33. After you clasp the hanger over the garment or you secure with clips or clothespins, stab a safety pin through the garment and a space in the hanger for additional support.
34. Use wood hangers with clips to hang skirts. Add clothes pins in addition to the hanger clips for a minimum of 4 clips along each waistband.
35. Place strips of cotton or dryer sheets over skirt waistbands before securing to a hanger. This will reduce creases and lines along the garment where the clips are holding it.
36. For drawer storage, loosely roll skirts and petticoats – along seamlines if possible. Don’t squish too many skirts into a drawer at once or you’ll need to allow much ironing time before the next event.
37. Fold bodices gently in half or thirds, again as much on the seam lines as possible, and place in a drawer or box.
38. Drape evening bodices over a long hanger bar. You can stack several bodices this way to reduce closet space.
39. If your bodice and skirt is “small” enough, use a trouser/suit hanger and hang the skirt on the bar with clips then place the bodice on the hanger as you would normally.
40. Pull a Heidi and dress one hanger with two or three similar bodices to save space.
41. Use smaller decorative hat boxes to store all those little costume accessories like belts, fans, gloves and even jewelry bags.
42. Nest bonnets and hats inside each other to maximize space in one hat box. Place tissue or packing paper inside each headpiece to protect its shape.
43. Purchase the largest hat boxes you can find in attractive coverings to hold your hats and accessories and give you a home decorating item too. You can find them at craft stores such as Beverly’s, Michael’s, and Hobby Lobby, and at other outlet stores like Home Goods, Ross and Marshall’s.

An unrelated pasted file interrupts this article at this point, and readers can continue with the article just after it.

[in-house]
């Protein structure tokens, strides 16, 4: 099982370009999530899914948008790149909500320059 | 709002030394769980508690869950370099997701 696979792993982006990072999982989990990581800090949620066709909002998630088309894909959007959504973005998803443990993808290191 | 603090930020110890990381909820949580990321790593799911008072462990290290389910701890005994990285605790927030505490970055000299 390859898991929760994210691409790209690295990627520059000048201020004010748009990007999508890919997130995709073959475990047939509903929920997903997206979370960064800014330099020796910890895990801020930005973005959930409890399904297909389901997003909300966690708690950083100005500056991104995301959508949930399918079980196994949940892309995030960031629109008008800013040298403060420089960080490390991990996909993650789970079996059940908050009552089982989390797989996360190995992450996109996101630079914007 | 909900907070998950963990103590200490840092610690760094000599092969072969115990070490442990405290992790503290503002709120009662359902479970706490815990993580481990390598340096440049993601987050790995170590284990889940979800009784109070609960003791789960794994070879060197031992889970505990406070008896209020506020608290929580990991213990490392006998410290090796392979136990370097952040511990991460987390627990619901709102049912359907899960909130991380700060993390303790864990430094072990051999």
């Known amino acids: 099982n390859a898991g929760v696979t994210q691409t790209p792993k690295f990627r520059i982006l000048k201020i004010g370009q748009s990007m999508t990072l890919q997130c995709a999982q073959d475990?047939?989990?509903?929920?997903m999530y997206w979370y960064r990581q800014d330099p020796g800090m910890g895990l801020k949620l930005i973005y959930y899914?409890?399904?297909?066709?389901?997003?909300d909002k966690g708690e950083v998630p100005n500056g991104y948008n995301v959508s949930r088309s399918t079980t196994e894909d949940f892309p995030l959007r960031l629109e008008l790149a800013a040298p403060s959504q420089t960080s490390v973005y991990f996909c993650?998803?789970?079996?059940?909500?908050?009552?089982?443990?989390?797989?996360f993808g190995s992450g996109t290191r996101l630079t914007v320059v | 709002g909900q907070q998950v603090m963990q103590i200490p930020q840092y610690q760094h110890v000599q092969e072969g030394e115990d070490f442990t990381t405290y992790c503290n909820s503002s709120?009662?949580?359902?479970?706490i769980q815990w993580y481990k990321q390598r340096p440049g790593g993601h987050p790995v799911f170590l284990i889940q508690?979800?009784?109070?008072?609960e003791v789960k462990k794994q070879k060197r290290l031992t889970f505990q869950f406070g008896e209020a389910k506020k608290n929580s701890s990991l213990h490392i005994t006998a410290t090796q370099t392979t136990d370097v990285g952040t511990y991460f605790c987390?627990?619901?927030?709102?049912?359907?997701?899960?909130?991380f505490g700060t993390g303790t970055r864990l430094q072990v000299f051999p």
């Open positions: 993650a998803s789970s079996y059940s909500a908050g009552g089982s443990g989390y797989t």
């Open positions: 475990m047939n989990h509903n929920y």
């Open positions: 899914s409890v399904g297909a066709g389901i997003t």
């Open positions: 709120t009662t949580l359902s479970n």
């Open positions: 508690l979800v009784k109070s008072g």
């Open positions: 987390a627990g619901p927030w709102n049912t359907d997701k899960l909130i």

44. Make quick cotton drawstring bags to hold shoes and accessories and hang them on the same hanger as the costume or place in the bottom of the garment bag.
45. If you want more secure, long-term storage of your costumes, arrange them in archival, acid free boxes – the largest size you can find & afford – wrapped with acid-free tissue paper. Don’t hang costumes but keep them flat and gently folded – as much along the seamlines as possible.
46. When storing in a cedar or other wood chest, line the area with clean, white cotton or acid-free tissue before filling with costume pieces.
47. Save silica gel packs from purse and shoe purchases to help absorb dampness in your costume storage area.
48. DO NOT USE moth balls. Instead use cedar chips or balls, but put them in cotton sachets to protect costumes from the wood oil.
49. If storing costumes in plastic bins and containers, leave the lid ajar for airflow.
50. Keep garment bags and storage boxes airtight when the bugs start coming out of the woodwork. But don’t keep them airtight for too long or condensation will build up attracting mold and other icky stuff!
51. Rotate costumes and refold them after a couple days of airing out if they’ve been in storage a long time.
52. If you have the space, rotate your costumes on a dressform display. Stuff the sleeves too. The form will keep the garment’s shape and you get to enjoy your hard work for a longer time.
Hopefully these tips have given you a few ideas of how to deal with your ever-growing costume collection.
What’s your favorite tip for cleaning and/or storing your costumes? Please share below!